Oak Flats Public School have been crowned overall champion in the latest Picasso Cows competition run by Dairy Australia.
Oak Flats beat out 100 primary and high schools to win the title, with judges scoring the school a perfect 40 out of 40 in their assessment.
Oak Flats Public School assistant principal Emily Chatterton said the high calibre of work produced by the students delighted the judges.
The judges wrote that the decorated cow 'Princess Delilah Oakalina Mooze' encapsulated so many different areas and provided extensive evidence about how the Picasso Cow program educated and engaged the students about the Australian dairy industry and the nutritious products it produces.
"We loved the way Princess Delilah Oakalina Mooze's designs complemented the knowledge and understandings demonstrated in the Learning Journal. It was extremely rewarding to see evidence a whole school approach to the Picasso Cow Program and the rich history it has with dairy farming," the judges said.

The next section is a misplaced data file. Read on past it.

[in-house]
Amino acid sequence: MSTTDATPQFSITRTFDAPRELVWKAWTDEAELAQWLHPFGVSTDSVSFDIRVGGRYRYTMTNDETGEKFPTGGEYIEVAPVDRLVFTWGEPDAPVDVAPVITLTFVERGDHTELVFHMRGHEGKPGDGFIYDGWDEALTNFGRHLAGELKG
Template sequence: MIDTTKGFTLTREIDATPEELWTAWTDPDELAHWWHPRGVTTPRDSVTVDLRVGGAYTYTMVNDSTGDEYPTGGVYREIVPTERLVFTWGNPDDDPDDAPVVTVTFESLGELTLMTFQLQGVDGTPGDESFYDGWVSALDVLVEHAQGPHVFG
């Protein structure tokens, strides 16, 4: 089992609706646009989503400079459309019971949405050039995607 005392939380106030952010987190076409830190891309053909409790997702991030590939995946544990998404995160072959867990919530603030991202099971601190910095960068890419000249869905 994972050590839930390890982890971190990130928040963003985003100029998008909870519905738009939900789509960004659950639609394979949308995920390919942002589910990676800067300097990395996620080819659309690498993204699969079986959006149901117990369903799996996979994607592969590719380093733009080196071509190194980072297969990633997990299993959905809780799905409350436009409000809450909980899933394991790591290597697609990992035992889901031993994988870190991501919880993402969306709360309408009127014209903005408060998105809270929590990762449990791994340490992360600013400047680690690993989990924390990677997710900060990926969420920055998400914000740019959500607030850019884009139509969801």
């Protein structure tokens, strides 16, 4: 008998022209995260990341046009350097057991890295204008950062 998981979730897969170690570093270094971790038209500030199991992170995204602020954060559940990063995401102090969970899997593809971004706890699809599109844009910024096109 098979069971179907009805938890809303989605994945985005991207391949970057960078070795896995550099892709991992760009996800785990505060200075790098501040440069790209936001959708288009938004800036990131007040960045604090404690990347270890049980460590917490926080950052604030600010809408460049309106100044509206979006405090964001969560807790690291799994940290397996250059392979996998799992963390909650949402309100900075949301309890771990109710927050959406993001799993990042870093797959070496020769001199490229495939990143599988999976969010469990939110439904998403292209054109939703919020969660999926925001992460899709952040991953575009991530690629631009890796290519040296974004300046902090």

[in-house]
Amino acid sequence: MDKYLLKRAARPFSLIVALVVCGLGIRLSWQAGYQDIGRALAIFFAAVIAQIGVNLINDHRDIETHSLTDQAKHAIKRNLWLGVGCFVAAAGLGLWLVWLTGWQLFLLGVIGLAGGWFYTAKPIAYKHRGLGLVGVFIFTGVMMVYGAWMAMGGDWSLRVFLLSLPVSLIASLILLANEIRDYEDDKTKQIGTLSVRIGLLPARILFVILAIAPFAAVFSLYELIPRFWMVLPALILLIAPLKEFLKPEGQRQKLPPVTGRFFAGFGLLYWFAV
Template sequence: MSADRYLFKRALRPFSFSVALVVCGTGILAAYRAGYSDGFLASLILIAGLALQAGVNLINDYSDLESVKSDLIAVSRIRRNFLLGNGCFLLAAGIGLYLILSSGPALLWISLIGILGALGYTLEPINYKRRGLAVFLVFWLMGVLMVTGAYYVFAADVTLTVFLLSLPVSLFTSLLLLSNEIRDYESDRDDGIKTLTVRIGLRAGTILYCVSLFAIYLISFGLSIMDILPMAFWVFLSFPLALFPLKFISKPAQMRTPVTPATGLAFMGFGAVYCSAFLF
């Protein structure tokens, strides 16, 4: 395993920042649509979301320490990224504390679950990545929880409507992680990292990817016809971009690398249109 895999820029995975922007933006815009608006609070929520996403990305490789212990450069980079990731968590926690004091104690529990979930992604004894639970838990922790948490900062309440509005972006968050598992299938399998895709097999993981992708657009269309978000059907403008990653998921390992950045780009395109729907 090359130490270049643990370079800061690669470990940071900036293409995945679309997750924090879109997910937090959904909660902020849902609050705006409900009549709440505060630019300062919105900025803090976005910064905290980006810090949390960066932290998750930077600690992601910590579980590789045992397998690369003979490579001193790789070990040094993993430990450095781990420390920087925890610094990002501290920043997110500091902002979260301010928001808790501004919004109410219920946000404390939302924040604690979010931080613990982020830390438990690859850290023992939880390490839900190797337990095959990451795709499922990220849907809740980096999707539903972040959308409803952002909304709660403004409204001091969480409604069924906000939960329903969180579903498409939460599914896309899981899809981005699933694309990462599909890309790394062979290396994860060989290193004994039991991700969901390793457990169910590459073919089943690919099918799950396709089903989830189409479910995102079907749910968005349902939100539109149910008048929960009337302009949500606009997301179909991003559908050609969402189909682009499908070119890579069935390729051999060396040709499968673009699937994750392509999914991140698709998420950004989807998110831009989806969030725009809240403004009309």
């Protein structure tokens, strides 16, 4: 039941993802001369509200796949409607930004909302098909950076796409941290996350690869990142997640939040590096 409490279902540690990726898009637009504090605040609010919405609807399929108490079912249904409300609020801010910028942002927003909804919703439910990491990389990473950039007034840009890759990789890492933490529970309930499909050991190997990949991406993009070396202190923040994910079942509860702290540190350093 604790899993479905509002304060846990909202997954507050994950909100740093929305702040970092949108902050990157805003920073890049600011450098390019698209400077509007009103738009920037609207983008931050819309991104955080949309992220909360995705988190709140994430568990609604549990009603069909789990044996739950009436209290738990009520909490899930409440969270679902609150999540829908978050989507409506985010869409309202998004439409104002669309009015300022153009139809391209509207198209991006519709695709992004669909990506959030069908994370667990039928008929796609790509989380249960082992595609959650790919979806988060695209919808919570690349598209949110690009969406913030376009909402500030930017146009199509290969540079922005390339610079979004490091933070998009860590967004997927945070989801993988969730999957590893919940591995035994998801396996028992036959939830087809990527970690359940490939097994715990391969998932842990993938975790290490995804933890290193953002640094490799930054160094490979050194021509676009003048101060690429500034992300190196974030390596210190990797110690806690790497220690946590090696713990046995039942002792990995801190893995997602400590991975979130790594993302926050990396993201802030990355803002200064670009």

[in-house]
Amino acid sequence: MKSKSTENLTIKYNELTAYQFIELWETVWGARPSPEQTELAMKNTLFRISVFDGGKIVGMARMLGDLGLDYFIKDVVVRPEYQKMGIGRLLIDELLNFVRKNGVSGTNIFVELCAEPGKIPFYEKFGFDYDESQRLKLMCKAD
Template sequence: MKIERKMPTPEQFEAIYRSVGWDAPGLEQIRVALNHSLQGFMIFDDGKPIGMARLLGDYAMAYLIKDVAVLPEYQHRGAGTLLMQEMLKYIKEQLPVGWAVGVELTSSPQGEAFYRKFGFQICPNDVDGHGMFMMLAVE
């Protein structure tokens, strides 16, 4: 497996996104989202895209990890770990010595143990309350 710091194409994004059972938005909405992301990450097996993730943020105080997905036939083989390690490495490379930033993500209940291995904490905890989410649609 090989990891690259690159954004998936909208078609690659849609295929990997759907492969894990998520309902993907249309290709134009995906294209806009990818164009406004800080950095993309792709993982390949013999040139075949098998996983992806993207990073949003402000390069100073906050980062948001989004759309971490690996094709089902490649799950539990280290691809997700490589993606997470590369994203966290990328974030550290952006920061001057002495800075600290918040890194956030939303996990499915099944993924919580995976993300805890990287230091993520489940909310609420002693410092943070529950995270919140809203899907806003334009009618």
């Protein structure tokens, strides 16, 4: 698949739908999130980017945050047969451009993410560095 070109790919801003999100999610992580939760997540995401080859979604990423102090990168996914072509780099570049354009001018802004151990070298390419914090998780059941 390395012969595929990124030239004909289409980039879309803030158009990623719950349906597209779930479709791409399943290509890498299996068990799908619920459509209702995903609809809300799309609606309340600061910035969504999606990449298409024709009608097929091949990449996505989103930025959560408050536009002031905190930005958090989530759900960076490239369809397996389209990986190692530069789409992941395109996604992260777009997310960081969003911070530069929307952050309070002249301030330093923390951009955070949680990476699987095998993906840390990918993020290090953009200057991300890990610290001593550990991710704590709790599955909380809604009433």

Ms Chatterton said Oak Flats chose to be involved in the program due to the school's commitment to future focused learning and enrichment opportunities and to learn more about our local area's rich history and involvement in dairy farming.
"Our students from Year 1 to Year 6 met once a week to research, design and paint our cow which included tessellated-style oak leaves to represent our local community, green and yellow to represent our school colours, and images of dairy farming, farming technology and the process from farm to plate," she said.
"We ran a whole-school competition to name our cow with four winners (one for each stomach!) and dubbed her, "Princess Delilah Oakalina Mooze".
"To showcase our journey the students wrote, performed, filmed and edited a news report.
"Our dedicated teachers, led by Mrs Sarah Beesley, and school support liason officers committed many hours during and after school hours to mentor and work with students.
"It was a highly engaging and enjoyable process."
The school plans on spending $2000 of the prize money on a sensory garden and donating $500 to farmers for drought relief.